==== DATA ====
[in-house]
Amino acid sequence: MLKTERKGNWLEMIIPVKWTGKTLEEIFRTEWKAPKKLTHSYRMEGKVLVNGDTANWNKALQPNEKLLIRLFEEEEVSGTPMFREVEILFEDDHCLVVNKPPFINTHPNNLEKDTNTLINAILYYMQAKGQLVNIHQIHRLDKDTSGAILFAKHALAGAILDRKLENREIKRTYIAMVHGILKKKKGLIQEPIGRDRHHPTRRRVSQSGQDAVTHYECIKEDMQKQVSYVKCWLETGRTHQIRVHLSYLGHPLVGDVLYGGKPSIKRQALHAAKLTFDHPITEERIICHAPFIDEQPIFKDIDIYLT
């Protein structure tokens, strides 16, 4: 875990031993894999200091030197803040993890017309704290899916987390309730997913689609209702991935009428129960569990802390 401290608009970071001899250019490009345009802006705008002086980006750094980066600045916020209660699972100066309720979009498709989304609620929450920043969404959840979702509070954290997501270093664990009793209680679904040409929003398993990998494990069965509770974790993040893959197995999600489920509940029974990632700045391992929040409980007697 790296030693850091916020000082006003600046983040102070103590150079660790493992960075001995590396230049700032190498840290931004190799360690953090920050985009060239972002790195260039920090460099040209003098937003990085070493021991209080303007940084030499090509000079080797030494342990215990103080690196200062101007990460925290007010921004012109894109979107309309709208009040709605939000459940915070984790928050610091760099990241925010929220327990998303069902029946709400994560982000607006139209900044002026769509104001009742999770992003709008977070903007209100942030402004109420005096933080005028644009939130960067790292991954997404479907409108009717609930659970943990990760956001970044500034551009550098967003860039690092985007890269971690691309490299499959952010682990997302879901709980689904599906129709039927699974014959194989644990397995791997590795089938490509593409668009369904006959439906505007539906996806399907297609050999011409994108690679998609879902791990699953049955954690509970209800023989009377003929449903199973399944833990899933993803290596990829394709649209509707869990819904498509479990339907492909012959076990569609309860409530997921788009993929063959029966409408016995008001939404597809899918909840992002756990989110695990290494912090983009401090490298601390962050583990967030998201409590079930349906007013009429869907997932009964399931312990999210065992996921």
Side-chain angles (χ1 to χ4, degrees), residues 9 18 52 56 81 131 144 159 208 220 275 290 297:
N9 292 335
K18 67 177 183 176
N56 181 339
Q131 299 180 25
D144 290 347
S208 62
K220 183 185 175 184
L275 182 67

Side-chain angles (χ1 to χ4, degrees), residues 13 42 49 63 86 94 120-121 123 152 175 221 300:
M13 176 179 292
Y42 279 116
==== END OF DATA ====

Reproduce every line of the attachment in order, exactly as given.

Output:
[in-house]
Amino acid sequence: MLKTERKGNWLEMIIPVKWTGKTLEEIFRTEWKAPKKLTHSYRMEGKVLVNGDTANWNKALQPNEKLLIRLFEEEEVSGTPMFREVEILFEDDHCLVVNKPPFINTHPNNLEKDTNTLINAILYYMQAKGQLVNIHQIHRLDKDTSGAILFAKHALAGAILDRKLENREIKRTYIAMVHGILKKKKGLIQEPIGRDRHHPTRRRVSQSGQDAVTHYECIKEDMQKQVSYVKCWLETGRTHQIRVHLSYLGHPLVGDVLYGGKPSIKRQALHAAKLTFDHPITEERIICHAPFIDEQPIFKDIDIYLT
């Protein structure tokens, strides 16, 4: 875990031993894999200091030197803040993890017309704290899916987390309730997913689609209702991935009428129960569990802390 401290608009970071001899250019490009345009802006705008002086980006750094980066600045916020209660699972100066309720979009498709989304609620929450920043969404959840979702509070954290997501270093664990009793209680679904040409929003398993990998494990069965509770974790993040893959197995999600489920509940029974990632700045391992929040409980007697 790296030693850091916020000082006003600046983040102070103590150079660790493992960075001995590396230049700032190498840290931004190799360690953090920050985009060239972002790195260039920090460099040209003098937003990085070493021991209080303007940084030499090509000079080797030494342990215990103080690196200062101007990460925290007010921004012109894109979107309309709208009040709605939000459940915070984790928050610091760099990241925010929220327990998303069902029946709400994560982000607006139209900044002026769509104001009742999770992003709008977070903007209100942030402004109420005096933080005028644009939130960067790292991954997404479907409108009717609930659970943990990760956001970044500034551009550098967003860039690092985007890269971690691309490299499959952010682990997302879901709980689904599906129709039927699974014959194989644990397995791997590795089938490509593409668009369904006959439906505007539906996806399907297609050999011409994108690679998609879902791990699953049955954690509970209800023989009377003929449903199973399944833990899933993803290596990829394709649209509707869990819904498509479990339907492909012959076990569609309860409530997921788009993929063959029966409408016995008001939404597809899918909840992002756990989110695990290494912090983009401090490298601390962050583990967030998201409590079930349906007013009429869907997932009964399931312990999210065992996921």
Side-chain angles (χ1 to χ4, degrees), residues 9 18 52 56 81 131 144 159 208 220 275 290 297:
N9 292 335
K18 67 177 183 176
N56 181 339
Q131 299 180 25
D144 290 347
S208 62
K220 183 185 175 184
L275 182 67

Side-chain angles (χ1 to χ4, degrees), residues 13 42 49 63 86 94 120-121 123 152 175 221 300:
M13 176 179 292
Y42 279 116